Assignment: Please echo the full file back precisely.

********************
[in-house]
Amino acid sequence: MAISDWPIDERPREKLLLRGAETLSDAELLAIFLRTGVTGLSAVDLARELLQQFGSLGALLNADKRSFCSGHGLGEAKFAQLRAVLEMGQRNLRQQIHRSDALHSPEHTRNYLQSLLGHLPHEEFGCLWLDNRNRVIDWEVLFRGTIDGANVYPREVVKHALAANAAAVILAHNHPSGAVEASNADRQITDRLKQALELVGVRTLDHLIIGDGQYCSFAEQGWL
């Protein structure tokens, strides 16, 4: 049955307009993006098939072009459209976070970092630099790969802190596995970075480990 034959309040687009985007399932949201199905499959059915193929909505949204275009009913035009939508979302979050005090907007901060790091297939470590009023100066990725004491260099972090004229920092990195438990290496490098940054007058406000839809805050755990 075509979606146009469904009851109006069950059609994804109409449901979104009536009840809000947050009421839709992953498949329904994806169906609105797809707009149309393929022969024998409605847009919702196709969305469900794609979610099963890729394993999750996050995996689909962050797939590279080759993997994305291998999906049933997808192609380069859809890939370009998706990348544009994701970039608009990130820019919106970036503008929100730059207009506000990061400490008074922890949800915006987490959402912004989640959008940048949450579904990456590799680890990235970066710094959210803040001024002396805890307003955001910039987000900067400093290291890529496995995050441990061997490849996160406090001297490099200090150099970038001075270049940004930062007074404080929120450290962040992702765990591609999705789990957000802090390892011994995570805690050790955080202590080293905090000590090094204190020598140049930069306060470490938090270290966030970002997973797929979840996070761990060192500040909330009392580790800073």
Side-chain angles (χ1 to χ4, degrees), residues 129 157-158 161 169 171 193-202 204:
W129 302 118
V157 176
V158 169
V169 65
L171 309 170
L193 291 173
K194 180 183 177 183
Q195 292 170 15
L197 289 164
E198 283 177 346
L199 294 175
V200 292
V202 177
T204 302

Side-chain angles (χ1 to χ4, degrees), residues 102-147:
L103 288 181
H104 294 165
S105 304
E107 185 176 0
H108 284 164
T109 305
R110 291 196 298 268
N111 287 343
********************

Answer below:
[in-house]
Amino acid sequence: MAISDWPIDERPREKLLLRGAETLSDAELLAIFLRTGVTGLSAVDLARELLQQFGSLGALLNADKRSFCSGHGLGEAKFAQLRAVLEMGQRNLRQQIHRSDALHSPEHTRNYLQSLLGHLPHEEFGCLWLDNRNRVIDWEVLFRGTIDGANVYPREVVKHALAANAAAVILAHNHPSGAVEASNADRQITDRLKQALELVGVRTLDHLIIGDGQYCSFAEQGWL
């Protein structure tokens, strides 16, 4: 049955307009993006098939072009459209976070970092630099790969802190596995970075480990 034959309040687009985007399932949201199905499959059915193929909505949204275009009913035009939508979302979050005090907007901060790091297939470590009023100066990725004491260099972090004229920092990195438990290496490098940054007058406000839809805050755990 075509979606146009469904009851109006069950059609994804109409449901979104009536009840809000947050009421839709992953498949329904994806169906609105797809707009149309393929022969024998409605847009919702196709969305469900794609979610099963890729394993999750996050995996689909962050797939590279080759993997994305291998999906049933997808192609380069859809890939370009998706990348544009994701970039608009990130820019919106970036503008929100730059207009506000990061400490008074922890949800915006987490959402912004989640959008940048949450579904990456590799680890990235970066710094959210803040001024002396805890307003955001910039987000900067400093290291890529496995995050441990061997490849996160406090001297490099200090150099970038001075270049940004930062007074404080929120450290962040992702765990591609999705789990957000802090390892011994995570805690050790955080202590080293905090000590090094204190020598140049930069306060470490938090270290966030970002997973797929979840996070761990060192500040909330009392580790800073």
Side-chain angles (χ1 to χ4, degrees), residues 129 157-158 161 169 171 193-202 204:
W129 302 118
V157 176
V158 169
V169 65
L171 309 170
L193 291 173
K194 180 183 177 183
Q195 292 170 15
L197 289 164
E198 283 177 346
L199 294 175
V200 292
V202 177
T204 302

Side-chain angles (χ1 to χ4, degrees), residues 102-147:
L103 288 181
H104 294 165
S105 304
E107 185 176 0
H108 284 164
T109 305
R110 291 196 298 268
N111 287 343